Policy Research in Macroeconomics

The Euro must die, just as did the Gold Standard

By Douglas Coe & Ann Pettifor

Why Michael Burke is wrong to argue that Greece should stay within the Eurozone. 

The fundamental omission from Michael’s argument below (countering our argument that Greece should restore the Drachma) is the finance sector. More importantly,the global financial architecture.

The severe economic crisis affecting much of the world has at root cause financial liberalisation/de-regulation and its consequence: dear, yet easy money created by the private financial sector. The only genuine solution to the crisis must involve a large-scale reversal of liberalisation.

The Euro may only be one aspect of the liberalised architecture, but it is a major component and a pernicious one, with its one-size-fits-all monetary policy and prohibition of the monetisation of government debt (except to bail out banks…..). It is the antithesis of a democratic currency, which should be deployed to support a nation’s economic activity; and benefits the strong at the expense of the weak. As such it can play no part in monetary reform, and must therefore be dismantled.

Michael’s story rightly dismisses the idea that the crisis is caused by Greek workers, but, omitting the role of finance, he is instead obliged to blame Greek businesses, which seems to us subject to his own critique. All countries have their own special failings, but these are not the underlying cause of economic malaise. Greece has the most severe crisis because it is the poorest country in the Eurozone, and like the US’s sub-prime borrowers, was lured, by Eurozone membership into the web of debt generated by Europe’s big private banks – with no real expectation that those debts could be repaid. And with the ECB turning a blind eye.

The same rule tells us which country goes next.

The appearance was for some time that the smaller economies were benefiting from membership of the Eurozone. Politicians, commentators and economists celebrated the rapid economic growth over the turn of the century. But much of this prosperity was illusory, triggered by the speculative behaviour of financial interests and by domestic policies that pandered to international multinationals and foreign demand.

When the booms were revealed as unsustainable, the richer EU economies retailed their large-scale productive capacity. That is not to belittle the efforts of the peoples of economies on the periphery who no doubt work as hard as those in the richer economies. But genuine, widespread and sustainable prosperity can only follow from Keynes’s ideas in ‘National-Self Sufficiency’. Namely that domestic demand and domestic production move hand in hand, with foreign capital controlled, interest rates set low and overseas trade in second place to domestic priorities.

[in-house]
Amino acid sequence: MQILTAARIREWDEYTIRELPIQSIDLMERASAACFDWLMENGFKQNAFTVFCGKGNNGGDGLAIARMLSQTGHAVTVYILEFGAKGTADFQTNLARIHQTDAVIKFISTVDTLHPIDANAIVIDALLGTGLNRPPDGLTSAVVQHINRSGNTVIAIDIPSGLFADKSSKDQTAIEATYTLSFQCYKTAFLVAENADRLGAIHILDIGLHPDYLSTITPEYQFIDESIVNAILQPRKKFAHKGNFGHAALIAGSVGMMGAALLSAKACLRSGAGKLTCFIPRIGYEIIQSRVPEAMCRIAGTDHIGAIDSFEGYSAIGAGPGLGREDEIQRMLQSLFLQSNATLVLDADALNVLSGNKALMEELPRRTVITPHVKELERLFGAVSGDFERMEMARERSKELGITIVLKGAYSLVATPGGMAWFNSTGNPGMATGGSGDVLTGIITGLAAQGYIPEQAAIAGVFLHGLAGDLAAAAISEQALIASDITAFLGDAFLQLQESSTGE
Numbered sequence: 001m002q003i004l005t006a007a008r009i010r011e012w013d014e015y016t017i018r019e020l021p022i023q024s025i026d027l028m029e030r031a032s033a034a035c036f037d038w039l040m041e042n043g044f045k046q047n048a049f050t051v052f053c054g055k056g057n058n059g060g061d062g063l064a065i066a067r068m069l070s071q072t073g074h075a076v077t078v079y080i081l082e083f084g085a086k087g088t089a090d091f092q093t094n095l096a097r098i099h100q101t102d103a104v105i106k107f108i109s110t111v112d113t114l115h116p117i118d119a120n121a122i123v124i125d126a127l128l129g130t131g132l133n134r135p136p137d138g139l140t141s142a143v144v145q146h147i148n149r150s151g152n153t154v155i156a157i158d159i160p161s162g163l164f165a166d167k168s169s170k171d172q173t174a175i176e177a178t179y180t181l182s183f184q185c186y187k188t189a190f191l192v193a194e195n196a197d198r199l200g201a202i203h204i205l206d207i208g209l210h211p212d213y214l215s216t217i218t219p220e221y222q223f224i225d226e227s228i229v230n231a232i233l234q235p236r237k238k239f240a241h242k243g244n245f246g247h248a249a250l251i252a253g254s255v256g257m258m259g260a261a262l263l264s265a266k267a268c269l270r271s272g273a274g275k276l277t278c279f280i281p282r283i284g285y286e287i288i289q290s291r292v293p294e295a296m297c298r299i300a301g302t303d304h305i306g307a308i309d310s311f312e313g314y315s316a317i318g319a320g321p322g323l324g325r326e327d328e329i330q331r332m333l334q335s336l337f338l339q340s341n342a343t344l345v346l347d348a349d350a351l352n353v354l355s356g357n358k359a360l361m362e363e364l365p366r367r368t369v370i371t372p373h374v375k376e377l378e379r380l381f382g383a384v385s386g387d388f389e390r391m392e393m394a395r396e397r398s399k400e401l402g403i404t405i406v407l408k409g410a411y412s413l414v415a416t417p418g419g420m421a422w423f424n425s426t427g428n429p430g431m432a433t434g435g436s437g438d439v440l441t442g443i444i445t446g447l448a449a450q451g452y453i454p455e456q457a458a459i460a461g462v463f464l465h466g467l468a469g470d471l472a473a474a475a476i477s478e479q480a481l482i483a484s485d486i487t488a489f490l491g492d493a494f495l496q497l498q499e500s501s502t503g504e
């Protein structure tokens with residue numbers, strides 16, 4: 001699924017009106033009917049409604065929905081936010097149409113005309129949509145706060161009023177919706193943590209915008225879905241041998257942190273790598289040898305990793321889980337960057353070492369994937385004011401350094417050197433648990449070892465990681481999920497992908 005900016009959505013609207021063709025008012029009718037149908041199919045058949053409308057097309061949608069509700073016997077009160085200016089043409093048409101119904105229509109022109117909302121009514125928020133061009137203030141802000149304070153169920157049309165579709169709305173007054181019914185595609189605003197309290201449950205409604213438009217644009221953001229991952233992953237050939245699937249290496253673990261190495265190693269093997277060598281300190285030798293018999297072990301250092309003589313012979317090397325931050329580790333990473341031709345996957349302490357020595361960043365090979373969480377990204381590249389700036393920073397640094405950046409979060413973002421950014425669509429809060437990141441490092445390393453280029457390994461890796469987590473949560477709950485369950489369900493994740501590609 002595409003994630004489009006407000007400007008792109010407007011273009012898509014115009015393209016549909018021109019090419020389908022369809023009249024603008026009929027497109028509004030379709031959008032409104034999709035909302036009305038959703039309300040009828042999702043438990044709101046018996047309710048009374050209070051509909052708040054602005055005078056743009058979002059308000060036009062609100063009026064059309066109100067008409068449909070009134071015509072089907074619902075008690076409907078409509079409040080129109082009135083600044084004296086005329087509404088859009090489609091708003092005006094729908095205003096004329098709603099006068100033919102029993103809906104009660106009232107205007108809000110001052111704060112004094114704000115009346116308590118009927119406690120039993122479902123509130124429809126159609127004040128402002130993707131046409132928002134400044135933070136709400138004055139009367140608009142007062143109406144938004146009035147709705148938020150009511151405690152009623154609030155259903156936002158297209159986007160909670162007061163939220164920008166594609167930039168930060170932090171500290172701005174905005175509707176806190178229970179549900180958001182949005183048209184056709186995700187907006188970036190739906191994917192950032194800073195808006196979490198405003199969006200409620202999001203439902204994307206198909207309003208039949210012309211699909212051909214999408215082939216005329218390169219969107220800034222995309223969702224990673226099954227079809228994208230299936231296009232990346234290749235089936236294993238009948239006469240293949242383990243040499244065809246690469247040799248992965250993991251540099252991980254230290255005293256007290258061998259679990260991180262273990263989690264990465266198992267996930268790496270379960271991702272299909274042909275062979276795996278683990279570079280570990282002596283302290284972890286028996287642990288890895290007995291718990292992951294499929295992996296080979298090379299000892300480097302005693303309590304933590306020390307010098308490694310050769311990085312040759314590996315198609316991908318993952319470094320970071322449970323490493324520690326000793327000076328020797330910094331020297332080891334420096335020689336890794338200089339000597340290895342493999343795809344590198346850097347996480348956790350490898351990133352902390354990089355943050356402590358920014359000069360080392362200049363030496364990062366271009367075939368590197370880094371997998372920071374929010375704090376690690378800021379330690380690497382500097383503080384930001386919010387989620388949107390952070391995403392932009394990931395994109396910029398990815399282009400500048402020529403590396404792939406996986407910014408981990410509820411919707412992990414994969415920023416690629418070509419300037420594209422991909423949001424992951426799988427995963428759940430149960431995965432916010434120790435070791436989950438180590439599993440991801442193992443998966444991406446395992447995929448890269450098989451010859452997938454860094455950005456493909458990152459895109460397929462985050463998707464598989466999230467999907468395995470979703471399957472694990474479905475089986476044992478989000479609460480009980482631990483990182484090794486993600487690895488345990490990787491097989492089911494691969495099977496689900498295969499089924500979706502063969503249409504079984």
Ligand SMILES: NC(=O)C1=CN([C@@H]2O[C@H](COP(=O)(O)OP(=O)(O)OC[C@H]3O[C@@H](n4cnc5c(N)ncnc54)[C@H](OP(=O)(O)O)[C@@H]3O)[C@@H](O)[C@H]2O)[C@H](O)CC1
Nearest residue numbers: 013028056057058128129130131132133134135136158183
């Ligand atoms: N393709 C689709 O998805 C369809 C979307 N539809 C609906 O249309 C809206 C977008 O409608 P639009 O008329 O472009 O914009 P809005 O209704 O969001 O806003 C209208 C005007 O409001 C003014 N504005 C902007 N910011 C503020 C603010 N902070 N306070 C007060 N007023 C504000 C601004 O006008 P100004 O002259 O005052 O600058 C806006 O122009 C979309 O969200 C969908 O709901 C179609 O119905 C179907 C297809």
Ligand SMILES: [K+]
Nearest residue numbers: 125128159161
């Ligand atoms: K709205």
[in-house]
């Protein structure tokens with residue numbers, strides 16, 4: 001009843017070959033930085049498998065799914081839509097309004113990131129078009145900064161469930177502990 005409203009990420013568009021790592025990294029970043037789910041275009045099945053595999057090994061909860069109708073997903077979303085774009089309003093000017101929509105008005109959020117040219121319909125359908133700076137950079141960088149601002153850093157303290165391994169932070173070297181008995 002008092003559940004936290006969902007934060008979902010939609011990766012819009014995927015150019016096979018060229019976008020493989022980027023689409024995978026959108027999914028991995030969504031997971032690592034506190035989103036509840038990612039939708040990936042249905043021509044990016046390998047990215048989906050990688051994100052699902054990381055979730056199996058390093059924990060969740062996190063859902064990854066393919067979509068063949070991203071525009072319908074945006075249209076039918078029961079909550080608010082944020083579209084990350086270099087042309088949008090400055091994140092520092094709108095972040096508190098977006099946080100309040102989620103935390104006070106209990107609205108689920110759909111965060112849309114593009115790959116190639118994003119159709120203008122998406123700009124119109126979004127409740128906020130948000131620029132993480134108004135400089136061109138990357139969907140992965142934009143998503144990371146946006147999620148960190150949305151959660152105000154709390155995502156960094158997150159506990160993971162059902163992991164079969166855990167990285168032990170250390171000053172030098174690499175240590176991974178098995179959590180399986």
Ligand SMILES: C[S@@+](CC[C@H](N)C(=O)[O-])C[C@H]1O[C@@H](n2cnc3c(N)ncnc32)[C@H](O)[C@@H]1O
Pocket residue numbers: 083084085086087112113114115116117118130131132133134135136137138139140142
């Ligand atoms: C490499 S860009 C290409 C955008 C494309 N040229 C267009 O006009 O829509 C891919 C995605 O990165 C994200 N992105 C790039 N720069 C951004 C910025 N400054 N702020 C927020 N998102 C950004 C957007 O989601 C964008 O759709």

Now, of course, the EU authorities could alleviate the severity of the crisis by fiscal policies. Although even here Michael’s piece is wrong-headed.  At the very least public works expenditures should be financed by the creation of new money (if they can do it for the banks ……). We must not lose the idea of money creation and therefore fall prey to the neoliberal economic fallacy that savings are needed prior to investment. Moreover, transfers do not help aggregate demand (and they are surely as implausible as Greece leaving the Euro).

In this debate about Greece, we have to be ultra-vigilant and not lose the monetary reform story. We would not be the first to suggest that Keynesian fiscal policies serve capitalism and the vested interests of the wealthy. But we think it is more subtle: fiscal policies are often supported by those who oppose monetary reform. Finance capital has no greater fear than monetary reform, because, unlike communism, it works, and is not inimical to the population at large.  Quite the reverse surely.

Hitler is the most extreme example. Financed by bankers and heavy industry, he implemented large scale public works and military spending, but Germany (and Italy and Japan) stood apart from wider monetary reform – which was substantial.  In 1935, France, following the election of Leon Blum, joined the US and the British Empire in leaving the ‘fetters’ of the gold standard and established a domestically managed currency. In September 1935, under the tripartite agreement, the three major economies agreed to support each others’ currencies.  Germany never came off the gold standard, though there was nothing left of it really.

So the Euro must die, just as the Gold Standard had to die. No doubt it would be hugely difficult for Greece to leave, but staying will be worse both in the short-run and in the long-run.

We also suspect that when countries do free themselves and let domestic demand rip, remarkable things happen – as in Argentina after the 2001default and Russia after that country’s default in 1998.

That’s what they are so afraid of.

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